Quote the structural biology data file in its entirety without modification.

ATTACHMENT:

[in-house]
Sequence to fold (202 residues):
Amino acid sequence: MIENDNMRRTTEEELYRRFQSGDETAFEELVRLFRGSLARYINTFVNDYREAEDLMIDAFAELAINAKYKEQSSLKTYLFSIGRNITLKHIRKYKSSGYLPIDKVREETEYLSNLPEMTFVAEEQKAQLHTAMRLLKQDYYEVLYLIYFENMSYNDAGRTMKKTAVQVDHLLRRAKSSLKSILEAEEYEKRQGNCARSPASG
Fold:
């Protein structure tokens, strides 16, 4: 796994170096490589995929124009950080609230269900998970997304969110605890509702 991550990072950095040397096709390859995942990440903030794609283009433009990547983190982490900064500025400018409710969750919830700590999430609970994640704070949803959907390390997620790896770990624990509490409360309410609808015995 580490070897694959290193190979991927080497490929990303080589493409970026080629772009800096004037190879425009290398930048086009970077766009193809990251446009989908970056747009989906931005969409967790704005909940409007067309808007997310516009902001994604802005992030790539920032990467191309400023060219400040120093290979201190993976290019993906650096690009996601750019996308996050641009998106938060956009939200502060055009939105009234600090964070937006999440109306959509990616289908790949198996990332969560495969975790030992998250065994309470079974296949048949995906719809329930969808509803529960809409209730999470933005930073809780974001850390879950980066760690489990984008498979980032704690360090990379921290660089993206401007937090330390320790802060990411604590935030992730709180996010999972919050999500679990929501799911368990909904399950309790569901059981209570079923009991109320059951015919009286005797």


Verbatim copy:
[in-house]
Sequence to fold (202 residues):
Amino acid sequence: MIENDNMRRTTEEELYRRFQSGDETAFEELVRLFRGSLARYINTFVNDYREAEDLMIDAFAELAINAKYKEQSSLKTYLFSIGRNITLKHIRKYKSSGYLPIDKVREETEYLSNLPEMTFVAEEQKAQLHTAMRLLKQDYYEVLYLIYFENMSYNDAGRTMKKTAVQVDHLLRRAKSSLKSILEAEEYEKRQGNCARSPASG
Fold:
């Protein structure tokens, strides 16, 4: 796994170096490589995929124009950080609230269900998970997304969110605890509702 991550990072950095040397096709390859995942990440903030794609283009433009990547983190982490900064500025400018409710969750919830700590999430609970994640704070949803959907390390997620790896770990624990509490409360309410609808015995 580490070897694959290193190979991927080497490929990303080589493409970026080629772009800096004037190879425009290398930048086009970077766009193809990251446009989908970056747009989906931005969409967790704005909940409007067309808007997310516009902001994604802005992030790539920032990467191309400023060219400040120093290979201190993976290019993906650096690009996601750019996308996050641009998106938060956009939200502060055009939105009234600090964070937006999440109306959509990616289908790949198996990332969560495969975790030992998250065994309470079974296949048949995906719809329930969808509803529960809409209730999470933005930073809780974001850390879950980066760690489990984008498979980032704690360090990379921290660089993206401007937090330390320790802060990411604590935030992730709180996010999972919050999500679990929501799911368990909904399950309790569901059981209570079923009991109320059951015919009286005797």